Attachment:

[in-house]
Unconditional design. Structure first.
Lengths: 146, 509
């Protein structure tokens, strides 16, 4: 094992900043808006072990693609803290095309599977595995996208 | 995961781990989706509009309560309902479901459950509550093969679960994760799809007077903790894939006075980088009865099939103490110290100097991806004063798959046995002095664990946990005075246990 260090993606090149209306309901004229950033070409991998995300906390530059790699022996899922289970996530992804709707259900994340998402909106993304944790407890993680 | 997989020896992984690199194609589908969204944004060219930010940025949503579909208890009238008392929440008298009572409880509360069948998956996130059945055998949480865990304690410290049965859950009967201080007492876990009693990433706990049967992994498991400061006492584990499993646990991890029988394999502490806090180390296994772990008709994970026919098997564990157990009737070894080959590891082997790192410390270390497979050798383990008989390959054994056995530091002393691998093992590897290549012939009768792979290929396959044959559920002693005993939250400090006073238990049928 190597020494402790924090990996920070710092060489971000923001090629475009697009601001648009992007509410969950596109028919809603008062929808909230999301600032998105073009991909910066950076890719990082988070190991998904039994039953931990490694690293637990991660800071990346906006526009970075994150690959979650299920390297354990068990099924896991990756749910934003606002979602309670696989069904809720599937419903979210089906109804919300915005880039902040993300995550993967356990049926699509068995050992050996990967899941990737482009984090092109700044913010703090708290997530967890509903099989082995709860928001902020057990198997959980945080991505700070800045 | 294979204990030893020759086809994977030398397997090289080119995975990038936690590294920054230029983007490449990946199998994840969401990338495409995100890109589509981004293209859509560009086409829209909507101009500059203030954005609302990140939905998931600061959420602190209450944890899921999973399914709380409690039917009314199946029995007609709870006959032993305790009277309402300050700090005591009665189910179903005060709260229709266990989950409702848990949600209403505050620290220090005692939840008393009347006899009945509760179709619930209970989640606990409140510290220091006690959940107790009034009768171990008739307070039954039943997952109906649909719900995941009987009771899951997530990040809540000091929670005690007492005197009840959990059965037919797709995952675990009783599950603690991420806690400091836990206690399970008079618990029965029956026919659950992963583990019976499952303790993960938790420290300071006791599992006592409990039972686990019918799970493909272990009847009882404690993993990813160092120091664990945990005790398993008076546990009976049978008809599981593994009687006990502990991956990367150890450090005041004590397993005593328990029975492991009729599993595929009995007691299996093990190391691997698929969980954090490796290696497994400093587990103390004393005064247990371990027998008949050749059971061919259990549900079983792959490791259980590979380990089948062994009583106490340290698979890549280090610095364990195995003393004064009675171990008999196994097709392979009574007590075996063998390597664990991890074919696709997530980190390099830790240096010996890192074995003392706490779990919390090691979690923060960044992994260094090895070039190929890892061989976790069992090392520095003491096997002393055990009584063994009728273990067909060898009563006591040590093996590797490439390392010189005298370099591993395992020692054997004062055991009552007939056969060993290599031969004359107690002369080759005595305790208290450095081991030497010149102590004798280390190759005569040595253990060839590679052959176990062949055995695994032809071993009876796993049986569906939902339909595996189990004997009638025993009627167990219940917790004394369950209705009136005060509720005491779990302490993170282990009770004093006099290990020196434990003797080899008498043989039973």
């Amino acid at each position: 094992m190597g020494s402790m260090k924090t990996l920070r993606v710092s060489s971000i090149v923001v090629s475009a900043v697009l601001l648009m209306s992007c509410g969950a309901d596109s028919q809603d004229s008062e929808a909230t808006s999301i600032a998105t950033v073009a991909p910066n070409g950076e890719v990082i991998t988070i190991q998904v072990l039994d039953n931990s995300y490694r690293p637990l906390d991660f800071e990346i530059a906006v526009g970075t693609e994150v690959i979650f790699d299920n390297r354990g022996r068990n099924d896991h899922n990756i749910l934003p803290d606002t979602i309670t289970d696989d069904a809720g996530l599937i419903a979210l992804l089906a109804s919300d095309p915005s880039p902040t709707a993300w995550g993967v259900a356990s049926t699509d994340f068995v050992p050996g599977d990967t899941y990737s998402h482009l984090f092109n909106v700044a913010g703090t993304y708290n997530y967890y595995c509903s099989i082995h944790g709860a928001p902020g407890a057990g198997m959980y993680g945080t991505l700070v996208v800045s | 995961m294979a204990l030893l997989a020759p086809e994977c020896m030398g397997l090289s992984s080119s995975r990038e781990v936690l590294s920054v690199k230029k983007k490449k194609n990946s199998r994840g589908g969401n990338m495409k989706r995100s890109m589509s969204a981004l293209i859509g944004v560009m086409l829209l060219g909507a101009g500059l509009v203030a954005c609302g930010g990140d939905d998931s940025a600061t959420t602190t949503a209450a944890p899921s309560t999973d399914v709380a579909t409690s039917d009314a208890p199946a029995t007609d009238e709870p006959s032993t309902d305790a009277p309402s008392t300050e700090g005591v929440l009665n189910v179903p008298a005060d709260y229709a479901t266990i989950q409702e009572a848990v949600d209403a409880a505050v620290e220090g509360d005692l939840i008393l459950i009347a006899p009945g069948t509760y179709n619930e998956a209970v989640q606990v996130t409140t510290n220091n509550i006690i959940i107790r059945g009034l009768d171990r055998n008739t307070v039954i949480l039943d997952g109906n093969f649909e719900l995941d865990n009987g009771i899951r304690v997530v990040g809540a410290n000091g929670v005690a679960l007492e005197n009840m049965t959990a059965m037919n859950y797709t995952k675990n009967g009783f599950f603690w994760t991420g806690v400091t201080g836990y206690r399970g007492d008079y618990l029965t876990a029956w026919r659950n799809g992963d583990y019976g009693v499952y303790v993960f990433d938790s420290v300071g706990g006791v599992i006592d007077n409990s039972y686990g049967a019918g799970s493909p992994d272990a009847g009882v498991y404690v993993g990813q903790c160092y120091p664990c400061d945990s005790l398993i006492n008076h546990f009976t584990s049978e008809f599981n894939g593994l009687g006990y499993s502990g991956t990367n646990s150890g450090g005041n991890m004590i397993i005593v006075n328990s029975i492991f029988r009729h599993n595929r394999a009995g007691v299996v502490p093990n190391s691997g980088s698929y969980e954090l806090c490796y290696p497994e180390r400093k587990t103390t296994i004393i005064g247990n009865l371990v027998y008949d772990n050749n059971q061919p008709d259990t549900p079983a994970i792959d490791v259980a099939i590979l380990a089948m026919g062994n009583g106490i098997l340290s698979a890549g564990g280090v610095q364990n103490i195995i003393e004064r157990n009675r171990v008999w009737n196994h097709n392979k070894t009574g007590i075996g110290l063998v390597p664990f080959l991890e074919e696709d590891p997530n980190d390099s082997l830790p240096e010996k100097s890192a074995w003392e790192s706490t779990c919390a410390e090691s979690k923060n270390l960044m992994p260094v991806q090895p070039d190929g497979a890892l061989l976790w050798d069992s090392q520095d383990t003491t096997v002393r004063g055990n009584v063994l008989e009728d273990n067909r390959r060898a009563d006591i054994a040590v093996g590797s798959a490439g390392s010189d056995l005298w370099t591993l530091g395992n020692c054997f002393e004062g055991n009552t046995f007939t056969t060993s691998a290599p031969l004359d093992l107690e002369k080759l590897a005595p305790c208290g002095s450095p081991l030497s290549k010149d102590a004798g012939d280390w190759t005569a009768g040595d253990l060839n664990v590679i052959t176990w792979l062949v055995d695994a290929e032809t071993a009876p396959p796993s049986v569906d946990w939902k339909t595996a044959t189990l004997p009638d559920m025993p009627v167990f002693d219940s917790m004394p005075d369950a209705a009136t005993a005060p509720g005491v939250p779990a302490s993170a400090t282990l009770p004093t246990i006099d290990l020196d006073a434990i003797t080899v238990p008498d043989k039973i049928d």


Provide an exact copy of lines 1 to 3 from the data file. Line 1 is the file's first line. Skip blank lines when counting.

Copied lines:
[in-house]
Unconditional design. Structure first.
Lengths: 146, 509